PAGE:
Disseny i aplicació d’una proposta d’aprenentatge cooperatiu dels continguts de l’àrea d’Ecologia mitjançant l’estudi de casos. En “Cap a l’espai europeu d’educació superior. Experiències docents innovadores de la UAB en ciències experimentals i tecnol

Rodrigo A, Martínez-Vilalta J, Piñol J, Lloret F, Ribas A, Retana J, Losarcos J (2008) Disseny i aplicació d’una proposta d’aprenentatge cooperatiu dels continguts de l’àrea d’Ecologia mitjançant l’estudi de casos. En “Cap a l’espai europeu d’educació superior. Experiències docents innovadores de la UAB en ciències experimentals i tecnol ogies i en ciències de la salut”. Servei de Publicacions UAB. Bellaterra

Post-dispersal seed predation in Pinus halepensis and consequences on seedling establishment after fire

Broncano M.J., Rodrigo A., Retana J. (2008) Post-dispersal seed predation in Pinus halepensis and consequences on seedling establishment after fire. International Journal of Wildland Fire. 17: 407-414.
Link
Doi: 10.1071/WF07095

Abstract:

In the present study, we analyse the spatiotemporal patterns of seed predation and the consequences of this predation in the establishment of new Pinus halepensis individuals. Rodents were the main predators of P. halepensis seeds in burned areas, while predation by ants was considerably lower. Concerning spatiotemporal patterns of seed predation, the results obtained indicate that, although there were some small differences among distances or among seasons, removal of P. halepensis seeds was consistently very high in all situations, whether close to or far from the unburned margins, in pine or mixed forests, in different sites and in all sampling periods throughout the year. We analysed the role of seed predation on the modulation of post-fire regeneration of P. halepensis. Just after fire, no differences in seedling density were found between plots with or without rodent exclusion, probably owing to the high density of seeds on the ground and the low density of rodents affected by fire. One year after fire, when rodent populations had recovered in burned areas and seeds were much less abundant, the combination of addition of seeds and rodent exclusion led to an increase in pine seedling establishment. © IAWF 2008.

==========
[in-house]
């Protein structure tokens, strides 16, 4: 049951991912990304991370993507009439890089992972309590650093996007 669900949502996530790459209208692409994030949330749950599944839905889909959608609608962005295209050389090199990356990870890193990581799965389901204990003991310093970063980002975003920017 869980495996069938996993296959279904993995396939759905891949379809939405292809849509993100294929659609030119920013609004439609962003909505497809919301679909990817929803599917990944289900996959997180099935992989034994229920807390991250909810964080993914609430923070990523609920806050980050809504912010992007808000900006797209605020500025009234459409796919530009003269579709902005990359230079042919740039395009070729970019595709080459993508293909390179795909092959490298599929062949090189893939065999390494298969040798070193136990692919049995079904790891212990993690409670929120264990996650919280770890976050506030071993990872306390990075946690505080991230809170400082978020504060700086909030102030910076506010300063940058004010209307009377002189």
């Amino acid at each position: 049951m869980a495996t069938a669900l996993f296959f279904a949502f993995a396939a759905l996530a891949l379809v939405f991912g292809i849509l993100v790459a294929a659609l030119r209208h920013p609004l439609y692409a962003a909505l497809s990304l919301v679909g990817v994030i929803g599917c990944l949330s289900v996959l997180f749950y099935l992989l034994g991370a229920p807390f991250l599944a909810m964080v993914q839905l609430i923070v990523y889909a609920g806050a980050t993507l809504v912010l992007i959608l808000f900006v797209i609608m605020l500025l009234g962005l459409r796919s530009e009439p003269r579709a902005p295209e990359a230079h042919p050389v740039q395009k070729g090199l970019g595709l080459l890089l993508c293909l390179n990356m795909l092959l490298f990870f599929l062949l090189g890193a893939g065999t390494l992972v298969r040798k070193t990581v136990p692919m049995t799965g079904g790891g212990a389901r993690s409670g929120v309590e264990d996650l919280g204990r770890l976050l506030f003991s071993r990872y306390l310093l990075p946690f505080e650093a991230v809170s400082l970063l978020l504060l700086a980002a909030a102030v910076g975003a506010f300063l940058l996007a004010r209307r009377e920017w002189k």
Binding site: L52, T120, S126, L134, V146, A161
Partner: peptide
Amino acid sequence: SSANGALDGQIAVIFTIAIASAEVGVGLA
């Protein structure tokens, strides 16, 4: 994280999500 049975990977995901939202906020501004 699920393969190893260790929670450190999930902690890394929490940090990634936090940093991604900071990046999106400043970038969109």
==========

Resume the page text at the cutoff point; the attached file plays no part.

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Nest-moving by the polydomous ant Cataglyphis iberica

Dahbi A., Retana J., Lenoir A., Cerdá X. (2008) Nest-moving by the polydomous ant Cataglyphis iberica. Journal of Ethology. 26: 119-126.
Link
Doi: 10.1007/s10164-007-0041-4

Abstract:

In this paper we analyze emigration from nests by the polydomous ant Cataglyphis iberica. Social carrying of workers of this species between different nests of the colony is frequent. In Bellaterra (Barcelona, NE Spain), we monitored field emigration of C. iberica by noting for each nest the migratory behavior of C. iberica workers and, when the nests were attacked by another ant species, Camponotus foreli, we noted the number of C. foreli workers involved in the attacks. Emigration of C. iberica from nests was highly variable. We suggest the main factor determining emigration by this species was attack by workers of C. foreli, so emigration from C. iberica nests was much faster when harassment by C. foreli increased. The system of multiple nests of C. iberica enables this species to abandon attacked nests and to reinstall their population in other nests of the same colony. This reduces risk to the colonies because the route between the different nests is well known by transporter workers. © 2007 Japan Ethological Society and Springer.